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RISC versus CISC

by Lloyd Borrett
Australian Personal Computer, June 1991

As the microprocessors used in personal computers become faster and more powerful they are increasingly being compared with the processors used in the low-end workstation and minicomputer market. Essentially the debate becomes a comparison of Reduced Instruction Set Computing (RISC) and Complex Instruction Set Computing (CISC).

History of RISC and CISC

RISC methodology was developed at IBM in the late 1960s before microprocessors were even invented. Yet despite that, until recent times, all of the major manufacturers of microprocessors used CISC based designs.

The reason for this is that microprocessors were introduced in the early 1970s to be used in simple electronic products such as calculators, stereos and video games, not personal computers. CISC technology was more suitable for this application.

Eventually these CISC based microprocessors found their way into personal computers. The PCs evolved with generation after generation of CISC based microprocessors being introduced to meet the ever increasing demands of PC users. The microprocessor manufacturers began to refocus their CISC microprocessor design efforts away from general purpose designs to a high-performance computing orientation.

RISC Comeback

RISC designs made a comeback in the mid 1980s via workstations. The first workstations were based on CISC designs, but the workstation manufacturers were keen to find a technology that broke the market control of Intel and Motorola.

RISC based designs were able to be produced and implemented faster than CISC based designs. More importantly the workstation manufacturers could be seen to be offering a very different product than that offered by personal computer manufacturers.

Performance Comparisons

An instruction is the lowest level command that can be executed by the microprocessor. The instruction set is simply the list of instructions that a microprocessor will understand. CISC microprocessors typically have 100-150 instructions, while RISC microprocessors tend to have 70-80 instructions.

Many of the extra instructions on CISC microprocessors are really supersets of the simpler instructions in a RISC instruction set. Thus CISC microprocessors are complex in two senses: they have more instructions and some of these instructions are complex.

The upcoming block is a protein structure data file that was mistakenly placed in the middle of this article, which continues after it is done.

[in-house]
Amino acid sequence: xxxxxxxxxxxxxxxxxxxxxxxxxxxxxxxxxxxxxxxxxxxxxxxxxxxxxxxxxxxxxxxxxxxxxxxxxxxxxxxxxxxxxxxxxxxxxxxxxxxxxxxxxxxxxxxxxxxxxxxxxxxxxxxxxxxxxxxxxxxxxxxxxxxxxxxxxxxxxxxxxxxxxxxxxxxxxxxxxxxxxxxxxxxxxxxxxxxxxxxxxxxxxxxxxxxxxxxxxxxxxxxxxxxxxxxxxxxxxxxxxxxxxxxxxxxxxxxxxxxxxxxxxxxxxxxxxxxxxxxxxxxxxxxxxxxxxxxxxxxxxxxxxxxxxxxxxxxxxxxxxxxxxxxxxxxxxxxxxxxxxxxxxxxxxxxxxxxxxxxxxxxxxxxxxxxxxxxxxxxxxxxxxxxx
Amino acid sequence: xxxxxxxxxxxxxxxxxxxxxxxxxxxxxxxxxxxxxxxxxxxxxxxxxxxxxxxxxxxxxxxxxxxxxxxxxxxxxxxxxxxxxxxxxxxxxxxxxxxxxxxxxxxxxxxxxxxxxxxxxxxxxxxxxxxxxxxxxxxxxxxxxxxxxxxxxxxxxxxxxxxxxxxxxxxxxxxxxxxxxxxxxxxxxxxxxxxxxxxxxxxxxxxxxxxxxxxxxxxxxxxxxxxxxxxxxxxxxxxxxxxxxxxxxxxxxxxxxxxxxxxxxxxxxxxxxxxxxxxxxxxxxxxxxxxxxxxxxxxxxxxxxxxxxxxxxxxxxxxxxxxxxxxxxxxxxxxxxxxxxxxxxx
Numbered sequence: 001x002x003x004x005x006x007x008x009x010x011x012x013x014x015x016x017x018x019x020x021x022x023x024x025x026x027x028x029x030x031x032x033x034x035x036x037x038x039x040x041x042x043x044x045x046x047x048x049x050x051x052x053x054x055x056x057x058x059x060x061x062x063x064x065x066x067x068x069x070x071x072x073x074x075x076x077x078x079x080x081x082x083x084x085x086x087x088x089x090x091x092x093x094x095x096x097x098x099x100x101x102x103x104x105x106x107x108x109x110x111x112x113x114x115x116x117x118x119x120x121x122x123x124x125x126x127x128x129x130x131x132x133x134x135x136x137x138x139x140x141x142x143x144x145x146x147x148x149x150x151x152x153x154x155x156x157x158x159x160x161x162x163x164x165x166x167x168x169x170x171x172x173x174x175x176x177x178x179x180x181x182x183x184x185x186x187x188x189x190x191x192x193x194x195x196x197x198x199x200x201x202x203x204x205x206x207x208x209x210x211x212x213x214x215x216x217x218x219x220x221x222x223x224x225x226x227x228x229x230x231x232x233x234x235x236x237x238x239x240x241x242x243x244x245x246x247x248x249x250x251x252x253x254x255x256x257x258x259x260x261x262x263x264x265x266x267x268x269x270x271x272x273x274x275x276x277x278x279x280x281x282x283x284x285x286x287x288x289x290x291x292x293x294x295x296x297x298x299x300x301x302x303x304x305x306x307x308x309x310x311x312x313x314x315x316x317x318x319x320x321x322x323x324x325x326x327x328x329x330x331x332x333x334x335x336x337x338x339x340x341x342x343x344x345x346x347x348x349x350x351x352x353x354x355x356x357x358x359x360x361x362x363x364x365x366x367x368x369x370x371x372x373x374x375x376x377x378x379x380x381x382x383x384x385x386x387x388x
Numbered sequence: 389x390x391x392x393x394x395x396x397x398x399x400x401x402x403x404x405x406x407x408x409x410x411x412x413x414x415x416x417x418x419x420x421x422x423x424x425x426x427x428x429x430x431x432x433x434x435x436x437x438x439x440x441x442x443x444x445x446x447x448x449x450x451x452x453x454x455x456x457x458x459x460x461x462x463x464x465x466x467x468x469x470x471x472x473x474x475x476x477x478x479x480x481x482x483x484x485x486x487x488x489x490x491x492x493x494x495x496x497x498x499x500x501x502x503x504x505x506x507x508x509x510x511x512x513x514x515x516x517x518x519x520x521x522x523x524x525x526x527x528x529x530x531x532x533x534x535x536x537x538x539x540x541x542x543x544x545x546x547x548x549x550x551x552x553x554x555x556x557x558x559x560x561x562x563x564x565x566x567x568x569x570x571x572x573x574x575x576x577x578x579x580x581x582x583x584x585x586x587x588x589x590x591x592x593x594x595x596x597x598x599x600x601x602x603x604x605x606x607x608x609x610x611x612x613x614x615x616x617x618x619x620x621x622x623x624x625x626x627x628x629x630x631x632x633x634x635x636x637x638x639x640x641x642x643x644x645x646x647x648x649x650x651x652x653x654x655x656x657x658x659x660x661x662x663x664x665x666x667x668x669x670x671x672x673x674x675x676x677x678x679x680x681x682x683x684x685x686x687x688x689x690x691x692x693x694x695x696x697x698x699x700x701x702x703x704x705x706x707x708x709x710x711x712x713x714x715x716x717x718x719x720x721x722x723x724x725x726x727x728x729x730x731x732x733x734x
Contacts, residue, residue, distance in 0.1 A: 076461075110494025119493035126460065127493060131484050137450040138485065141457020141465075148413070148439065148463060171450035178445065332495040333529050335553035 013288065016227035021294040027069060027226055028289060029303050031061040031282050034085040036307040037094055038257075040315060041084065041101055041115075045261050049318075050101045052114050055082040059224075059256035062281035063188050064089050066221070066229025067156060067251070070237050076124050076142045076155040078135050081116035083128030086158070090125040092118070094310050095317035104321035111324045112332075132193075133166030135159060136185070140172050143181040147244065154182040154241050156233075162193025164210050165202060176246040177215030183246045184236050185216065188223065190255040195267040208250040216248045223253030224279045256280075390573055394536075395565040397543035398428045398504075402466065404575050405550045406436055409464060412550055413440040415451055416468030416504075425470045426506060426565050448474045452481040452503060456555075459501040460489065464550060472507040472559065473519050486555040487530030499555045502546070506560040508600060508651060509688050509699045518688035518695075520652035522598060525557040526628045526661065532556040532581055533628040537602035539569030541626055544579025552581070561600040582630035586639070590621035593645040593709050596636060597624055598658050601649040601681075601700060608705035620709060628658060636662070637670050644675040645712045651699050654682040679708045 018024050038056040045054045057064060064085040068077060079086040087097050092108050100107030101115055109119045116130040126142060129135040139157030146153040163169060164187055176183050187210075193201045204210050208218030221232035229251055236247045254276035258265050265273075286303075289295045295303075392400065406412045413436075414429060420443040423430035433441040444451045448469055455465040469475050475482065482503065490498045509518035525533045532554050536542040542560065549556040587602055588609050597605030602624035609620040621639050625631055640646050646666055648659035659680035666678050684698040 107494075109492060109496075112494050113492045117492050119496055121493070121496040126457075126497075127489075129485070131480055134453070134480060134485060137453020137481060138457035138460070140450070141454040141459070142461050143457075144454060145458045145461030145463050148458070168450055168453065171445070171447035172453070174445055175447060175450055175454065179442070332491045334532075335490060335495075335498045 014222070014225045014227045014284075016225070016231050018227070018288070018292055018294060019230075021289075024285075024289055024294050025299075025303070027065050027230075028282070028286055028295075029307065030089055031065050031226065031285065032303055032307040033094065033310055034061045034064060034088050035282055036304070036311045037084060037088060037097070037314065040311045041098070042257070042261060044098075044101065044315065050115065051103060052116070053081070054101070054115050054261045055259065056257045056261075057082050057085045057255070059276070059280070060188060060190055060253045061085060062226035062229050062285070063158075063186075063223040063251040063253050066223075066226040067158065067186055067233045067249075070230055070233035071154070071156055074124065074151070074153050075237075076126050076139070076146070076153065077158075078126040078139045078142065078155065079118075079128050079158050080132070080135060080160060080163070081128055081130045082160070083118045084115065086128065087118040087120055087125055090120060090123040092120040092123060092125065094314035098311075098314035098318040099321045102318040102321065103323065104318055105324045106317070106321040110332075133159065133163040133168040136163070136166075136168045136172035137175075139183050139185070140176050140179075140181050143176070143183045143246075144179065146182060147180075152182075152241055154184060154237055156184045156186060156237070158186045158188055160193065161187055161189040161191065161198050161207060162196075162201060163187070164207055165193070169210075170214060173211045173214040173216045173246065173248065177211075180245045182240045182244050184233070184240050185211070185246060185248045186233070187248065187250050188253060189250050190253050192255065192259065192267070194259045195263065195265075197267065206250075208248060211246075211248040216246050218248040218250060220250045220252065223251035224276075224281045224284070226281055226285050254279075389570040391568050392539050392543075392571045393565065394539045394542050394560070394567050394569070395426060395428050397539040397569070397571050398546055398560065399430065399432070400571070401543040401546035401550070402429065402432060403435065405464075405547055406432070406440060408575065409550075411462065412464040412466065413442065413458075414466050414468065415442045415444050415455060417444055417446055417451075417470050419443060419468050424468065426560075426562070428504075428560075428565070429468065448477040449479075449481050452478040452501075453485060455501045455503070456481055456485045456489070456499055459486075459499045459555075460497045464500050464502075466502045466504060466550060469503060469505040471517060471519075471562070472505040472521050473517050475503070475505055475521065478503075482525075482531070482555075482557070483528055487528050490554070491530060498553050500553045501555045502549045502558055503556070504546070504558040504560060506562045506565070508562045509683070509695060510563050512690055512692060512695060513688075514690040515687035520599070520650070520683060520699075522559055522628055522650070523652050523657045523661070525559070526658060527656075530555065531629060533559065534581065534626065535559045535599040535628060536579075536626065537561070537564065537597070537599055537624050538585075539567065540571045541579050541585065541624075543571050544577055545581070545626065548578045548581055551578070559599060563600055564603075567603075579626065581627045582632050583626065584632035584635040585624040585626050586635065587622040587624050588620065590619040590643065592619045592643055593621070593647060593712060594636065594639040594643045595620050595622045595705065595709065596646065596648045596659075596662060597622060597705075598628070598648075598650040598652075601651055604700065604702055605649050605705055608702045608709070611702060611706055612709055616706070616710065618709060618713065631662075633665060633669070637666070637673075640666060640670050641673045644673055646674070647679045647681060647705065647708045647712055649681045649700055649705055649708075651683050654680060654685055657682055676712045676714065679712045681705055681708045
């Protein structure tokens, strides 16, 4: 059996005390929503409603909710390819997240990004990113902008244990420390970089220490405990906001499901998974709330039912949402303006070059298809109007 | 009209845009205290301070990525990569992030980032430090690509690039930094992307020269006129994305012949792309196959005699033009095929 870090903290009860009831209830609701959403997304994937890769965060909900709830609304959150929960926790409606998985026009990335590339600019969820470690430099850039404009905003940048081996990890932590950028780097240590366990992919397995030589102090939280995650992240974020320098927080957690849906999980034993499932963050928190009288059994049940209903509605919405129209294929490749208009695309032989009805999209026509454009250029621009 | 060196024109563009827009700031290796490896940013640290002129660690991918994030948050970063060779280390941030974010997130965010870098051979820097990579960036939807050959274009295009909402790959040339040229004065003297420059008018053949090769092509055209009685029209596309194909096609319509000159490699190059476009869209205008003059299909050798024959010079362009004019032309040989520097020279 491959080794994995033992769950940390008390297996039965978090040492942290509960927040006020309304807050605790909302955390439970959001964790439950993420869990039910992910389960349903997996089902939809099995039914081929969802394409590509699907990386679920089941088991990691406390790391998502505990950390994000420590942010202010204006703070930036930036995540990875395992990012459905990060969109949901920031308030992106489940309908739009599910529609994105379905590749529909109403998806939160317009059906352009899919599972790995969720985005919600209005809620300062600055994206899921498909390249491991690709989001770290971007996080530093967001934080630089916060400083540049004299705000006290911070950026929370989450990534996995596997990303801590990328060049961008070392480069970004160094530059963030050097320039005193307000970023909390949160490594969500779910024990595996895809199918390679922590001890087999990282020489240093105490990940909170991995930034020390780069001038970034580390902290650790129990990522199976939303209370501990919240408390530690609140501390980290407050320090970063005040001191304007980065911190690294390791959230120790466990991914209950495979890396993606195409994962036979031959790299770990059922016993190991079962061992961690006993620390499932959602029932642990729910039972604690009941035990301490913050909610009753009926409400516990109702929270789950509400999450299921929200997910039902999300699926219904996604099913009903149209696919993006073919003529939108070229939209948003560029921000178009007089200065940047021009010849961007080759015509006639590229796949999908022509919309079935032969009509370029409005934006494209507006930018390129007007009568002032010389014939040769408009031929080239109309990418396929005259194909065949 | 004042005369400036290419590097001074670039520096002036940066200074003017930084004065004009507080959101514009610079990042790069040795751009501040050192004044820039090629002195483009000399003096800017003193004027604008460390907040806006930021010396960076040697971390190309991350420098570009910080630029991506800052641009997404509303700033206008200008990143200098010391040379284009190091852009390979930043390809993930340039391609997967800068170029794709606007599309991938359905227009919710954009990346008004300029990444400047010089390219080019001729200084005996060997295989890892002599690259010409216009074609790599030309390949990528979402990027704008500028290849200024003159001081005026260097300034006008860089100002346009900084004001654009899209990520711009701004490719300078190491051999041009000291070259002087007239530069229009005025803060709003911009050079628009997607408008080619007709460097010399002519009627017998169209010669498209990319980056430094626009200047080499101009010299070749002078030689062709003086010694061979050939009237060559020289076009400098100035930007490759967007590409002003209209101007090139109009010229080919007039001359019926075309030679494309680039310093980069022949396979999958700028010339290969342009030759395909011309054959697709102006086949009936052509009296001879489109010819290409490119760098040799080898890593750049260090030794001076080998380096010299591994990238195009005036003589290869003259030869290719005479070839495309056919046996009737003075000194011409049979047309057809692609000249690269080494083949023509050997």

The speed at which a computer can accomplish any task is a function of the number of instructions that the task has to be broken in to, the number of cycles it takes to complete one instruction, and the number of cycles that can be accomplished in one second.

Speed = (Instructions/Task) * (Cycle/Instruction) * (Time/Cycle)

CISC microprocessors aim to achieve speed by having such a rich instruction set that it takes fewer instructions to complete a task. RISC microprocessors require more instructions to complete a given task, but they focus on reducing the number of cycles it takes to complete an instruction. Clock cycles per second is largely independent of the microprocessor architecture.

The case for higher performance of RISC based microprocessors is based on the premise that superiority in instructions per clock cycle (the MIPS rating) more than offsets the handicap of requiring more instructions to complete the task. This is highly situation dependent and the factors involved include system hardware configuration, memory speed and capacity, as well as the application software.

The performance improvements offered in current RISC based workstations has very little to do with inherent differences in RISC/CISC architectures. The Intel 80486 and Motorola 68040 are the first generation of CISC microprocessors that specifically set speed as a performance objective. There performance compares very well with RISC microprocessors.

The factors that make the difference are the non RISC/CISC parts of the systems, that is, register capacity, cache memory, pipelining and floating point processing. Thus it would be easy to see CISC processors evolve and match the RISC performance, in part by adopting some of the features currently associated with RISC but that are in fact independent of it.

We believe that the future will see a convergence of microprocessor architectures as the CISC designers adopt some of the features of RISC microprocessors, and RISC microprocessors enlarge their instruction set so as to improve performance.

In fact we're already seeing this. The IBM RS/6000 microprocessor that powers IBM's RISC System/6000 systems is actually more complex than the CISC based design of the Intel 80386. The RS/6000 has 184 instructions and the 80386 has 150 instructions.


  • RISC and CISC are merely different design methodologies. Neither is inherently superior to the other.
  • CISC architectures are equally capable of evolving to the levels of performance being claimed by RISC.

The performance of microprocessor based computers is a function of more factors than just the microprocessor.

Last modified: Saturday, 15 October 2011


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